Growth opportunities in nutritional feed additives and vaccines. Recent company announcements reinforce our view that specialty and nutritional feed additives as well as vaccines have significant potential for growth. Pilgrim’s Pride said that it is working closely with a large agri-bio firm to develop customized probiotics for its chickens. Citing the promising long term outlook for animal health probiotics, Chr Hansen will continue to expand its presence in this area despite near-term headwinds related to the depressed agricultural sector. In July 2016, Evonik acquired the probiotics business of private Spanish feed ingredients company Norel. Evonik believes probiotics will be critical components of a line-up of possible antibiotic alternatives. As aforementioned, Phibro believes it is well positioned to benefit from adding vaccines and nutritional specialties to its product portfolio, and expects continued double-digit growth for these product lines.

Lastly, on September 21, the United Nations confirmed its Global Action Plan on Antimicrobial Resistance. This is only the fourth time a health issue has been taken up by the UN General Assembly (the others were HIV, non-communicable diseases, such as strokes and heart attacks caused by obesity or smoking, and Ebola). The Plan cites the need for ‘effective and enforceable regulation…for antimicrobial medicines in human and animal health.’ We see this Action Plan as a potential catalyst for antibiotic regulation in other major meat-producing companies, and are watching key markets (Brazil, China, and Australia) closely.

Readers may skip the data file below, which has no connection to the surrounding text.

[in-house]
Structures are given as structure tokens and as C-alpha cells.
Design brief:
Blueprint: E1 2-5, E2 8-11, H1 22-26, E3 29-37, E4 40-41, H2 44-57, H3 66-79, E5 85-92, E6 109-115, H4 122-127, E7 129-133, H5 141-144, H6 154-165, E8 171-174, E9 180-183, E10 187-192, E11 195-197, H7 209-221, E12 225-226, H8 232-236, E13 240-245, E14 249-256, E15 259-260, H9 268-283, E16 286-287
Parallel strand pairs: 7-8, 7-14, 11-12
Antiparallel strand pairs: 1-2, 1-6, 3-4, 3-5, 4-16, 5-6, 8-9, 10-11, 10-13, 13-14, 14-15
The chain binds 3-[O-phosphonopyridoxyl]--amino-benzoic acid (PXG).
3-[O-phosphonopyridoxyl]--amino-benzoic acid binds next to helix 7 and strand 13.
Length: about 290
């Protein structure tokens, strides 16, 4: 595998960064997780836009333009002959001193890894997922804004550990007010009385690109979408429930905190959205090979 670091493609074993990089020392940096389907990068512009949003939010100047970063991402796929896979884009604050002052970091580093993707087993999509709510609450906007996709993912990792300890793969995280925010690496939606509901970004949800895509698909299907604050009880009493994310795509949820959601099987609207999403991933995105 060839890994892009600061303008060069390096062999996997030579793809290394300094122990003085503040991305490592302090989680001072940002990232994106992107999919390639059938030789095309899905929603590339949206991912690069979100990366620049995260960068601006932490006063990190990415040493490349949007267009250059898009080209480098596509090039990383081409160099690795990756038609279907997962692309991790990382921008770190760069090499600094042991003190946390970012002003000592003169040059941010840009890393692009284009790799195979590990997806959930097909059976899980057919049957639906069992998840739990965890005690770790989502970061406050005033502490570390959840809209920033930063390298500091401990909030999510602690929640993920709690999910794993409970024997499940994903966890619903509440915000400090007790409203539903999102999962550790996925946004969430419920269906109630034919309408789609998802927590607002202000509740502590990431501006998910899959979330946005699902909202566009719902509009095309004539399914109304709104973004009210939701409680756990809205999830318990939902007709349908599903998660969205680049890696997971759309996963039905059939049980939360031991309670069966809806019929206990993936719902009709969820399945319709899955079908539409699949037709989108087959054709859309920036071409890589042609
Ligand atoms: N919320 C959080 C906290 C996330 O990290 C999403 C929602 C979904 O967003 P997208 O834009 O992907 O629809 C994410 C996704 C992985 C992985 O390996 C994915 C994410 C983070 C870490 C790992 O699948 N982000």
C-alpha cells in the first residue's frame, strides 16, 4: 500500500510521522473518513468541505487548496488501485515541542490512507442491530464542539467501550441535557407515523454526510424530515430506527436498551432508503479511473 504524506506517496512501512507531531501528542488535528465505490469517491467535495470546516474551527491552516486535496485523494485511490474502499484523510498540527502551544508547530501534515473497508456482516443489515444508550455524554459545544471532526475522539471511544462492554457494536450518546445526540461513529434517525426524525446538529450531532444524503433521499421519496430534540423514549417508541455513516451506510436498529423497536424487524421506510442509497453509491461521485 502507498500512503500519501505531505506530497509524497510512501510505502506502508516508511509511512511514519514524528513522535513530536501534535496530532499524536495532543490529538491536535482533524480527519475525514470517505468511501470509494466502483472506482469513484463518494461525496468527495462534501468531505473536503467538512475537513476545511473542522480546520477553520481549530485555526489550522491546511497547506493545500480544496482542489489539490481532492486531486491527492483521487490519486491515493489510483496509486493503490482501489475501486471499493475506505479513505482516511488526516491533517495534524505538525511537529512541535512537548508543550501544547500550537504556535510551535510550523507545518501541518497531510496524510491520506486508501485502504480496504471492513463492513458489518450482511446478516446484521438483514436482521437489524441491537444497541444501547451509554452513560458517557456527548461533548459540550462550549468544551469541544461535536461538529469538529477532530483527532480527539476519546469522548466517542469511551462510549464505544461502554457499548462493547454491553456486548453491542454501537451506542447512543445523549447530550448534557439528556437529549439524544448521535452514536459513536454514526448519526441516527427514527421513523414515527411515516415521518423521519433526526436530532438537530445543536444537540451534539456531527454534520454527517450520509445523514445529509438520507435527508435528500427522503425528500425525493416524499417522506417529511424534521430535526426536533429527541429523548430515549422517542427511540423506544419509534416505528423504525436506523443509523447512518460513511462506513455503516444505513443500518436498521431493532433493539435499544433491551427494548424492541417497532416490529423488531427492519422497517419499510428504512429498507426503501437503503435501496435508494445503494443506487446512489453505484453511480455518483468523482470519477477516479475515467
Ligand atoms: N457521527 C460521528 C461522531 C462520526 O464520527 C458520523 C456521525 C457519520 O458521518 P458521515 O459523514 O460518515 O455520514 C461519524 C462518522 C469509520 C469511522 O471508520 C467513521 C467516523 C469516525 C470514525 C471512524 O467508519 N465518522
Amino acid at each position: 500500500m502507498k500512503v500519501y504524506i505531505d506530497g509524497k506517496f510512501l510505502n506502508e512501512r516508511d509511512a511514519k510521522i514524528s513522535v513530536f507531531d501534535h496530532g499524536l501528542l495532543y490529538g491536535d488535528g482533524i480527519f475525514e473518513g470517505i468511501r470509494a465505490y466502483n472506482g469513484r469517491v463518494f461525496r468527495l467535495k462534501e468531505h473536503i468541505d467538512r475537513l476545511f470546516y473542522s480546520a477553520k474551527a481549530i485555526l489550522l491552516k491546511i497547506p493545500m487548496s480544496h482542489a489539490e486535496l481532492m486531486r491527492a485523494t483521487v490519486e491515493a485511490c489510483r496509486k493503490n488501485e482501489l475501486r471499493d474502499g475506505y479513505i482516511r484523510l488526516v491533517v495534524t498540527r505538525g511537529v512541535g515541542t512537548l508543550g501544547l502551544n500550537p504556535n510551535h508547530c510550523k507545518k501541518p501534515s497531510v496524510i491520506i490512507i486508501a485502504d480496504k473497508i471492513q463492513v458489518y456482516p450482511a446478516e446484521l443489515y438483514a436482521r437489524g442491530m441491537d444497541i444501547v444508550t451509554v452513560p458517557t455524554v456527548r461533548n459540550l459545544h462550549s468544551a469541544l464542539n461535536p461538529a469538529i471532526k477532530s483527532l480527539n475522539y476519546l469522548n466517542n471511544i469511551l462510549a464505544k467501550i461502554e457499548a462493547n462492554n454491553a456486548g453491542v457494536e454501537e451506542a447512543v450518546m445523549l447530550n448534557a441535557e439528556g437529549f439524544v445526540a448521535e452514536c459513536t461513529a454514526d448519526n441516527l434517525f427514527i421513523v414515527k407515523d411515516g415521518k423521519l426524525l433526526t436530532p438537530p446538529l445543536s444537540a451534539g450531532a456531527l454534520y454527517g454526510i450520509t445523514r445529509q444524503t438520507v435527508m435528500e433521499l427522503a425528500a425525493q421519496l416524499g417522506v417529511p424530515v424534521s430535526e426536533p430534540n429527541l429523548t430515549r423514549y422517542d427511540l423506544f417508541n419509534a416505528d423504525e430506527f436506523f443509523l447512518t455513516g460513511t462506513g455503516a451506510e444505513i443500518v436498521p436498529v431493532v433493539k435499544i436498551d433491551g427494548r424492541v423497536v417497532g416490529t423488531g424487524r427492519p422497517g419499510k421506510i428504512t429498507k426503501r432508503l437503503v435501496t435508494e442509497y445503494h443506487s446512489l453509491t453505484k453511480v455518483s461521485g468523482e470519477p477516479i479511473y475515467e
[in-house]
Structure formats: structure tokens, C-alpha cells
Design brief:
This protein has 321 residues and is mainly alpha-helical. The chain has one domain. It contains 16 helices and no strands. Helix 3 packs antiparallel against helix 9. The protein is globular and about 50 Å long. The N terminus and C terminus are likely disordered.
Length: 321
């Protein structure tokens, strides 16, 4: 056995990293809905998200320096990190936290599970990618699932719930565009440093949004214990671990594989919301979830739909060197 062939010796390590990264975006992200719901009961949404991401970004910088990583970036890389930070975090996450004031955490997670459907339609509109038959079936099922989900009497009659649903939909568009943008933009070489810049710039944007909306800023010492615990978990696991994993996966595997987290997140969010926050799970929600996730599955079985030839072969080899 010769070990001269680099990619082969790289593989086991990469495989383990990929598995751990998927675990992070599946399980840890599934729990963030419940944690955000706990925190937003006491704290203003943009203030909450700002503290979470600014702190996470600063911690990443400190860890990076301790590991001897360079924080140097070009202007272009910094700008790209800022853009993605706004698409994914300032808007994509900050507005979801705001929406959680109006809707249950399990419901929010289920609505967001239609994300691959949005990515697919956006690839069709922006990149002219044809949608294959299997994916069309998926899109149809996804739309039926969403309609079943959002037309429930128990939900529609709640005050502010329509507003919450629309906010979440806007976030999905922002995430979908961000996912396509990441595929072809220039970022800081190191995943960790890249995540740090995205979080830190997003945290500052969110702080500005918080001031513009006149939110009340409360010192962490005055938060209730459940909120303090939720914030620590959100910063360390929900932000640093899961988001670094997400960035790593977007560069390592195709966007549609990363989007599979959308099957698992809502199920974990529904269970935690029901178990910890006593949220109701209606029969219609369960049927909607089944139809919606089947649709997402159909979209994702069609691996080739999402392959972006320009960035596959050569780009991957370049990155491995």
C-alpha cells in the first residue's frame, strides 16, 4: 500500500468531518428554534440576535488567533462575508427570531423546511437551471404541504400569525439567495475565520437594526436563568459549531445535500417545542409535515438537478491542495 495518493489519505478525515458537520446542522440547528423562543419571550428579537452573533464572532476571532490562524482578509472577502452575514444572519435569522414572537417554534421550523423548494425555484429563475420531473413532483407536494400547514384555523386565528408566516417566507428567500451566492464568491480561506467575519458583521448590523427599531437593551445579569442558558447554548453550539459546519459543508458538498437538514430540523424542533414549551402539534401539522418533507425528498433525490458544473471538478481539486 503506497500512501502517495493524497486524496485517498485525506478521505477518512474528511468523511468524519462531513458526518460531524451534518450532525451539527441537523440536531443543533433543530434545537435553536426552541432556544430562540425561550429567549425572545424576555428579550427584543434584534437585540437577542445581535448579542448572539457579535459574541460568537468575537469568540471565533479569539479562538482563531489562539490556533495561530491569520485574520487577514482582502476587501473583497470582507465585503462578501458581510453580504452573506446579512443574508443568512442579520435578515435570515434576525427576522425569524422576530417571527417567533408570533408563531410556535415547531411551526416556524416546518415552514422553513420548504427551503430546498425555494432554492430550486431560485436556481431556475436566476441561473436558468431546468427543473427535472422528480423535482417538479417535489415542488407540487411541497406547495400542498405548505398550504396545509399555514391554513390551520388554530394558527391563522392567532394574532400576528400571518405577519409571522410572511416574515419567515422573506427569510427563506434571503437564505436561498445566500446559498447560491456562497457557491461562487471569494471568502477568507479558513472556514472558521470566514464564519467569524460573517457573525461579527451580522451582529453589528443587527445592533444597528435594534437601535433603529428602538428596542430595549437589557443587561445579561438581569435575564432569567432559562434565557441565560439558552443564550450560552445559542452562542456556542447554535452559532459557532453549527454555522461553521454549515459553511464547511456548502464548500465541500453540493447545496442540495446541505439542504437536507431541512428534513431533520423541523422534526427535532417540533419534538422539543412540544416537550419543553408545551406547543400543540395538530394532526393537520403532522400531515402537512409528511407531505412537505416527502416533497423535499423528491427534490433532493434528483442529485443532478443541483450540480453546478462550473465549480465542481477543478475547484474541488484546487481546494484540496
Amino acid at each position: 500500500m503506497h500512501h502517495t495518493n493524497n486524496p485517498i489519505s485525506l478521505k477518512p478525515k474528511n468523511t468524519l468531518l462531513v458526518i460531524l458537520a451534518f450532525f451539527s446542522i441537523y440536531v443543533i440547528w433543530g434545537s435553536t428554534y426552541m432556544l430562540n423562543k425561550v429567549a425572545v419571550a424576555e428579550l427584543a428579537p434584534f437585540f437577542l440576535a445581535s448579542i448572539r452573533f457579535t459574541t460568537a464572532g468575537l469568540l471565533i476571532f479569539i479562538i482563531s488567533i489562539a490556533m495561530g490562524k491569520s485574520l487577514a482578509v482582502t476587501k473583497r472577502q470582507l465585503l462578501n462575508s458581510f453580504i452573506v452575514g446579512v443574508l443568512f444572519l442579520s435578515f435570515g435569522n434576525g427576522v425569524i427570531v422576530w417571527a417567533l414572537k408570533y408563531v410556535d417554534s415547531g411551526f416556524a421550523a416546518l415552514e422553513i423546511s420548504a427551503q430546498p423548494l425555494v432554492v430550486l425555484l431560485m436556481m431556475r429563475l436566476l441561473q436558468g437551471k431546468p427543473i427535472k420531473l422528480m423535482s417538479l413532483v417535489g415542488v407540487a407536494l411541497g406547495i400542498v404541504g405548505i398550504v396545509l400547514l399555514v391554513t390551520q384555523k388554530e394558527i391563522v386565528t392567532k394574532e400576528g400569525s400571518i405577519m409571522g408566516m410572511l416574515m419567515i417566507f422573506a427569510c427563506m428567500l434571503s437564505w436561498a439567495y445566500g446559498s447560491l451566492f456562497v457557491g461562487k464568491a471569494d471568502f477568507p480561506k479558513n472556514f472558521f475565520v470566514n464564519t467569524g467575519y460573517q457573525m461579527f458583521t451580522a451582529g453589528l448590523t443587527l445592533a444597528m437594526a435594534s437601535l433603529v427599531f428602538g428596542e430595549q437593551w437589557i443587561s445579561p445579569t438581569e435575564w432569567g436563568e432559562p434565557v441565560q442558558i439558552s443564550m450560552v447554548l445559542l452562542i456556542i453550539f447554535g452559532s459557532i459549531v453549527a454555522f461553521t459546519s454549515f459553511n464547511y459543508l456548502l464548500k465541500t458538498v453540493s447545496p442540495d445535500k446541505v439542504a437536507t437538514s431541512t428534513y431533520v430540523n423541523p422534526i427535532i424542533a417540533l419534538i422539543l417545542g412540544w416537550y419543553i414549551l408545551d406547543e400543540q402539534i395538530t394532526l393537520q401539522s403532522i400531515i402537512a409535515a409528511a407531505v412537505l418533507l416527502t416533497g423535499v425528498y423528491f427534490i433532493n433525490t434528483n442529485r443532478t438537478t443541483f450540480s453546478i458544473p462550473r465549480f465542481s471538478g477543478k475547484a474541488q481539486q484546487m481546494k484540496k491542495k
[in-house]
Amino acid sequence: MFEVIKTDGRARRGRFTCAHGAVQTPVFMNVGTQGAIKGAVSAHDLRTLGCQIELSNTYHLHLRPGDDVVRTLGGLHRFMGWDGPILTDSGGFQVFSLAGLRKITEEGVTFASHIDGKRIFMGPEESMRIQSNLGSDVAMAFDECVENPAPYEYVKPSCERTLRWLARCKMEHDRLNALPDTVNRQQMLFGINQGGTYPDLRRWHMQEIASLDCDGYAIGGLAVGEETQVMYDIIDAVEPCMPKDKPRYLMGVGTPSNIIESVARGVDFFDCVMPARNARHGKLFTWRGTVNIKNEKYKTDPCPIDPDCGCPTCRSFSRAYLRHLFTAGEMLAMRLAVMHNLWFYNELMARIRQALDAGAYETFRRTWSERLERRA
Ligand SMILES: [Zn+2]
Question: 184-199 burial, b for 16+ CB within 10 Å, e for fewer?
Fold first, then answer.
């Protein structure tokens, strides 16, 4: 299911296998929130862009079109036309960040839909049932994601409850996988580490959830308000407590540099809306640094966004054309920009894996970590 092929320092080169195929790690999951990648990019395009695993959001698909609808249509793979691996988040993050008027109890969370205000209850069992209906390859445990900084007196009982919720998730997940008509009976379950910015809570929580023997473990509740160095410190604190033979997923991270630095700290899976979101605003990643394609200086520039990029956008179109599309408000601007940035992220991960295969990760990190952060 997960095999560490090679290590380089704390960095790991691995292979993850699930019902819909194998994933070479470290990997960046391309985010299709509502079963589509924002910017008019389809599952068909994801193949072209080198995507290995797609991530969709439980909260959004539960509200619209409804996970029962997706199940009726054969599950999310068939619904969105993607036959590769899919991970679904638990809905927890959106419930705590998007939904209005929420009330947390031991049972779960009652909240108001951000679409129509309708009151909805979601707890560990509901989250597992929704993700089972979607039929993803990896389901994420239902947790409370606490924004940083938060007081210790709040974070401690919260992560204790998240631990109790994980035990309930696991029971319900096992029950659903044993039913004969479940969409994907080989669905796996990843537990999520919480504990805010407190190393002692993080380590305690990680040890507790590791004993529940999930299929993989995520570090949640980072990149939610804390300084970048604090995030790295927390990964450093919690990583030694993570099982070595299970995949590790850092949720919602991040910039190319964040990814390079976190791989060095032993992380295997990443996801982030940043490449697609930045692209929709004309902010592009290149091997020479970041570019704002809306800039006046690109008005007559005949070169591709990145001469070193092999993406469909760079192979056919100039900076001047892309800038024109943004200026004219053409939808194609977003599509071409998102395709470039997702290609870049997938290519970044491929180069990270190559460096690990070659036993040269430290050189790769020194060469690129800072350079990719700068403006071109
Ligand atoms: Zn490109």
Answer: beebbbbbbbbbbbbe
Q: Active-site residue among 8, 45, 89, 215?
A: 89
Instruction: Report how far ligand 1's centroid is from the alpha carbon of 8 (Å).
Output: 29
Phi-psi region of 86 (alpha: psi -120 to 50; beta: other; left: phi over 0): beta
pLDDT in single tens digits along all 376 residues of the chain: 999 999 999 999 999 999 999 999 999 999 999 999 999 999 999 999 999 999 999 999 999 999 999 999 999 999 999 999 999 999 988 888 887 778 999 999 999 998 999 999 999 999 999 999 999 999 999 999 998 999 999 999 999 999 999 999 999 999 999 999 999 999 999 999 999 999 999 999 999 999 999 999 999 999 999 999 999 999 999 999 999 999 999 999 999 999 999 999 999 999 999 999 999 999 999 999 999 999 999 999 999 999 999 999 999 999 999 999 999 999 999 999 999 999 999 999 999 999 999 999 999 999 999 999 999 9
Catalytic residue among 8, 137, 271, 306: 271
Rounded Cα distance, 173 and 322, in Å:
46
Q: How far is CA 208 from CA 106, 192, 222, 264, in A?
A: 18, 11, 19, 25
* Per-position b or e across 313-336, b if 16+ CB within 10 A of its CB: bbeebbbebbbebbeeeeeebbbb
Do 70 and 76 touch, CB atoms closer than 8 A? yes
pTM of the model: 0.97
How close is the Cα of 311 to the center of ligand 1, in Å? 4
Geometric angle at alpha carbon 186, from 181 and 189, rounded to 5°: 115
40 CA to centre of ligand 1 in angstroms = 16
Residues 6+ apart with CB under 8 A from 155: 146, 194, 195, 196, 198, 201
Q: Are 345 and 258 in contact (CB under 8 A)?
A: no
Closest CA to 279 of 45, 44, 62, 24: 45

Download our report, including important disclosures, here.

Michael Shavel is a Global Thematic Research Analyst at Cornerstone Capital Group. Prior to joining the firm, Michael was a Research Analyst on the Global Growth and Thematic team at Alliance Bernstein. He holds a B.S. in Finance from Rutgers University and is a CFA Charterholder.




With $218 billion spent annually on food that is not eaten, great potential exists to invest today in methods that will pay off by eliminating tomorrow’s losses.